markp.ellis at virgin.net
Tue Dec 2 13:56:30 PST 2003
Just a small fix.
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AUTHOR: Mark Ellis (markp.ellis at virgin.net)
LICENSE: GNU Free Documentation License Version 1.2
SYNOPSIS: How to use kernel module autoloading with devfs and devfsd
Kernel module autoloading with modutils requires a slightly different approach
when using devfs rather than a static /dev. This hint explains how to configure
your modutils for devfs(d).
Almost any system should do, providing you enabled devfs in the kernel.
Devfs is a virtual filesystem, like /proc, that an appropriately configured
kernel generates to replace the device nodes found in /dev, used to access the
hardware, but you probably already knew that. For more see
the kernel docs
and the devfs hint at linuxfromscratch.
A common problem when using devfs appears to be the use of auto loaded kernel
modules that are associated with device nodes under /dev. It's a chicken and egg
problem, modules are loaded when the node is accessed in /dev, but until the
module loads there is no device node. This hint attempts to explain how auto
loading using devfs is done the way it was intended, the "intended" part being
important because there are a number of workarounds, all of which duplicate to a
certain extent functionality that is already present.
All of this is to my personal understanding, particulary the why's, which I have
deduced from scatterings of documentation and the functionality i have found.
If anyone knows that it is wrong, mistaken or otherwise, please shout :)
Throughout this hint I'm going to use ALSA, the Advanced Linux Sound
Architecture modules, as an example, primarily because they are the most complex
set of modules i have come across and involve practically everything you need to
know about modules, and also because it crops up time and again on the BLFS
support mailing list. This hint will probably look like it is actually for ALSA,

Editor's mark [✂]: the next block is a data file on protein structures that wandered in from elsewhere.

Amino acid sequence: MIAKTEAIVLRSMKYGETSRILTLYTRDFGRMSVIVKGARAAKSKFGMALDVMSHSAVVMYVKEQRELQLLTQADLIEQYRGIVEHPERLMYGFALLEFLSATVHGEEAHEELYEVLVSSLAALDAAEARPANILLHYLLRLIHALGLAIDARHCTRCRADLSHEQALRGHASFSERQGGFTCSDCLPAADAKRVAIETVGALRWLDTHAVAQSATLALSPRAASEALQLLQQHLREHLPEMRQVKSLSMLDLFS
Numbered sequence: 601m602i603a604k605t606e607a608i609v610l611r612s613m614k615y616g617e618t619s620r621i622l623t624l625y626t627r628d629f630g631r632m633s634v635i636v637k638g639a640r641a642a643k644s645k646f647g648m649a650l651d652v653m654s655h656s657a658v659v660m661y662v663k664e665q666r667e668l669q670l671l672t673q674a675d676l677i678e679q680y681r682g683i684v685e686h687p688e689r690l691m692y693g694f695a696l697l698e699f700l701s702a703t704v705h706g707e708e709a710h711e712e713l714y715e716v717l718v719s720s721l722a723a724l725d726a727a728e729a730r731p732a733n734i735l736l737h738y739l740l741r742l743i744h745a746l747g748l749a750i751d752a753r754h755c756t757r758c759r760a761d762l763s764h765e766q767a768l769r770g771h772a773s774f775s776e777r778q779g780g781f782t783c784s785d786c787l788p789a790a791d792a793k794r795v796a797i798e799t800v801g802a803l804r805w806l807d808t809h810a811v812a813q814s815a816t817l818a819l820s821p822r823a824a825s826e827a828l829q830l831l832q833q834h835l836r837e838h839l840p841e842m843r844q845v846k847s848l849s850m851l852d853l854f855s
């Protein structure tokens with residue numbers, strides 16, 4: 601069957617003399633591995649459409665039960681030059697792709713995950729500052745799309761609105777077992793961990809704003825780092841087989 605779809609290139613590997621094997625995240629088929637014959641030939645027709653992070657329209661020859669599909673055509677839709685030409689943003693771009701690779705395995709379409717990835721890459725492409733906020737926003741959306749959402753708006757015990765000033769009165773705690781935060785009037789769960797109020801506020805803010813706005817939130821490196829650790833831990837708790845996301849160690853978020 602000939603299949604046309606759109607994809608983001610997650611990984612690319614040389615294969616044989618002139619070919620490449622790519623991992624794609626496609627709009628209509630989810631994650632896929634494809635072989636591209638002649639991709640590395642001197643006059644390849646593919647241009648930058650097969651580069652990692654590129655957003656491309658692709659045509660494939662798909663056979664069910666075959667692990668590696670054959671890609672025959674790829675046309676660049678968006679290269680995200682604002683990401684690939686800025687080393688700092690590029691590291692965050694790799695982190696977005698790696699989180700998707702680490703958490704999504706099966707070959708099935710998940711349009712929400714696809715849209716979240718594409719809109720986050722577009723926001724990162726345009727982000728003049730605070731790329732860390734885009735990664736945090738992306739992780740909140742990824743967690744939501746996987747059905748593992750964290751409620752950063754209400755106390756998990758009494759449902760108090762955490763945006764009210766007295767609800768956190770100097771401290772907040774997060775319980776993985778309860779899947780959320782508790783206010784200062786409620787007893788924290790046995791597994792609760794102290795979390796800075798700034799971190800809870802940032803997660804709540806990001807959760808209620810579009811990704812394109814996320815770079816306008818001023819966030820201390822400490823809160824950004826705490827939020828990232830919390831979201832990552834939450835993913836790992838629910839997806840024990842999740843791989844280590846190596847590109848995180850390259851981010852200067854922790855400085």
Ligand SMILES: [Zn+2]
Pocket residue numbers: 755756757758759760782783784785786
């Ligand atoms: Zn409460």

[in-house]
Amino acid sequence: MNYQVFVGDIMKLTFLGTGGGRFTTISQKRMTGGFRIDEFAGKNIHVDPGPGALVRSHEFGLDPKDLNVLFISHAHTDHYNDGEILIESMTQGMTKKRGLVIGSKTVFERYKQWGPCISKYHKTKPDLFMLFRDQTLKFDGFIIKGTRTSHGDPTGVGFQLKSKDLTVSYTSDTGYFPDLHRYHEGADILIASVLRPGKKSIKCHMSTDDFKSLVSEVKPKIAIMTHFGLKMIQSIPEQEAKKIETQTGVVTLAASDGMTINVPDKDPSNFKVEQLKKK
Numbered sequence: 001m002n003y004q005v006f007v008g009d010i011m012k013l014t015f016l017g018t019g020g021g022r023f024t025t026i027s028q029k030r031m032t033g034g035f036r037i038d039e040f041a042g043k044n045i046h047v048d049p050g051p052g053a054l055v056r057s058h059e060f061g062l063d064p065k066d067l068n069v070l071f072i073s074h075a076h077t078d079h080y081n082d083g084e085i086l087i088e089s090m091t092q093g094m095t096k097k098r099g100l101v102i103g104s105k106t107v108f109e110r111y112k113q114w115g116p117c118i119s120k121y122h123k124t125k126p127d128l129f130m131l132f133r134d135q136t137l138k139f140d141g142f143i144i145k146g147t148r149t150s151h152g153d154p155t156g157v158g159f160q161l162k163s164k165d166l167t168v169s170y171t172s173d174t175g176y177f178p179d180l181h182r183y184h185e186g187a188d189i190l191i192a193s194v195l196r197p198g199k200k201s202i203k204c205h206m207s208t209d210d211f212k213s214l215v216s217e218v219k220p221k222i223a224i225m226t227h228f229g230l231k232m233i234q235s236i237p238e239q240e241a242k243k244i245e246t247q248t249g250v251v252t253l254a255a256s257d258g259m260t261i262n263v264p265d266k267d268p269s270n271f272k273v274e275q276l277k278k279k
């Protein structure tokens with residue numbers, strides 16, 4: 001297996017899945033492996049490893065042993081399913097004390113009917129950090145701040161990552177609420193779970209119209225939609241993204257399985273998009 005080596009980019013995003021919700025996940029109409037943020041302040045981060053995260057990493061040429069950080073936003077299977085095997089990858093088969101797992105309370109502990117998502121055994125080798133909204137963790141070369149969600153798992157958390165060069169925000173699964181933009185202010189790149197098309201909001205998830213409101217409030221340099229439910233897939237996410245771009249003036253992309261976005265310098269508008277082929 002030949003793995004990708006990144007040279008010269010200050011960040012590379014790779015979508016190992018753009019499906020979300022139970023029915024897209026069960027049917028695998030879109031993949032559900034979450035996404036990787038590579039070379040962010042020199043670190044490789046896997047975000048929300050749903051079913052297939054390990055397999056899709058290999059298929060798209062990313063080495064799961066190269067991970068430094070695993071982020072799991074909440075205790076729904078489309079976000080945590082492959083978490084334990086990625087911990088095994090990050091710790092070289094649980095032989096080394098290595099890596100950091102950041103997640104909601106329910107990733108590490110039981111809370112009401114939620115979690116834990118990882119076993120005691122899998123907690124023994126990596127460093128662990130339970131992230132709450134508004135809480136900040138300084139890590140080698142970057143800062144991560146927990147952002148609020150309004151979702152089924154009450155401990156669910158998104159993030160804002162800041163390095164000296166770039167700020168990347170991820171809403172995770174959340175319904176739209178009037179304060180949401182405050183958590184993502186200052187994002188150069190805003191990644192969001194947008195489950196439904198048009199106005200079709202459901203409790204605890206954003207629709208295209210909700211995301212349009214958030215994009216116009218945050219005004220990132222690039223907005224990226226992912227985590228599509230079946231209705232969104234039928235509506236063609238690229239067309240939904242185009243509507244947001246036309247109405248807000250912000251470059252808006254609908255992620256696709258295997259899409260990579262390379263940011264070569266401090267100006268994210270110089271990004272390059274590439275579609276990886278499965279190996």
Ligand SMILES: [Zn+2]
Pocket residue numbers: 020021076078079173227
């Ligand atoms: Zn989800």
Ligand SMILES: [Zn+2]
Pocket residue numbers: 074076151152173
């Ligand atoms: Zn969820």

but everything here should hopefully be applicable to any kernel module.
1) Aliasing device nodes to modules
I'm assuming you know the basics of module configuration, particularly aliases,
using /etc/modules.conf. If not, go and have a look at the modutils
The ALSA documentation gives a basic setup for autoloading modules using a
normal /dev directory, it looks something like this :-
alias char-major-116 snd
options snd snd_major=116 snd_cards_limit=1
alias snd-card-0 snd-<your sound card>
options snd-<your sound card> snd_index=0 snd_id="GusPnP"
The important part for us is the first line, which essentially says, when a
device node is accessed that has a major number of 116, we need the module
called snd.o. This won't work with devfs because we dont have the device file
until the module is loaded.
This issue is addressed by devfsd, the devfs daemon. A lot of people think
that devfsd is only needed to provide all those backwards compatible symlinks
for non-devfs aware applications, but it also helps fix this non-existent
device file problem, which devfs alone cannot do. You'll therefore need to
start devfsd at boot, see the appendix if you don't already have it set up.
Now for a more helpful alias in modules.conf.
alias snd-card-0 snd-<your sound card>
alias /dev/snd* snd-card-0
ALSA with devfs puts all the native sound device files in the /dev/snd/
directory, so now whenever a node in /dev/snd/, or the directory itself, is
accessed, and that includes listing the directory, devfsd notices the node
does not exist, finds that the node(s) are aliased to module snd-whatever,
and requests that the module be loaded. The module creates the device nodes
and the application never knows they weren't there a second ago.
An alternative to aliasing in modules.conf is available, using the devfsd
configuration file /etc/devfsd.conf directly. I prefer the method above, it
comes across as being a little more straightforward, but if you want to try
something like :-
LOOKUP snd MODLOAD snd-<your sound card>
in devfsd.conf, this should give similar results.
Enabling OSS emulation with ALSA requires a little more work. The ALSA
documentation says :-
alias sound-slot-0 snd-card-0
alias sound-service-0-0 snd-mixer-oss
alias sound-service-0-1 snd-seq-oss
alias sound-service-0-3 snd-pcm-oss
alias sound-service-0-8 snd-seq-oss
alias sound-service-0-12 snd-pcm-oss
The first number in "sound-service-?-?" corresponds to the number of the sound
card, in many cases literally the slot it occupies on the motherboard, and
corresponds to the "sound-slot-?" entry.
The second number is the minor number of the corresponding device file, so
/dev/sound/dsp has a minor number of 3, and requires the snd-pcm-oss module. In
devfs speak this translates to :-
alias /dev/sound/mixer snd-mixer-oss
alias /dev/sound/sequencer* snd-seq-oss
alias /dev/sound/dsp* snd-pcm-oss
alias /dev/sound/audio* snd-pcm-oss
alias /dev/sound/adsp* snd-pcm-oss
alias /dev/sound* snd-card-0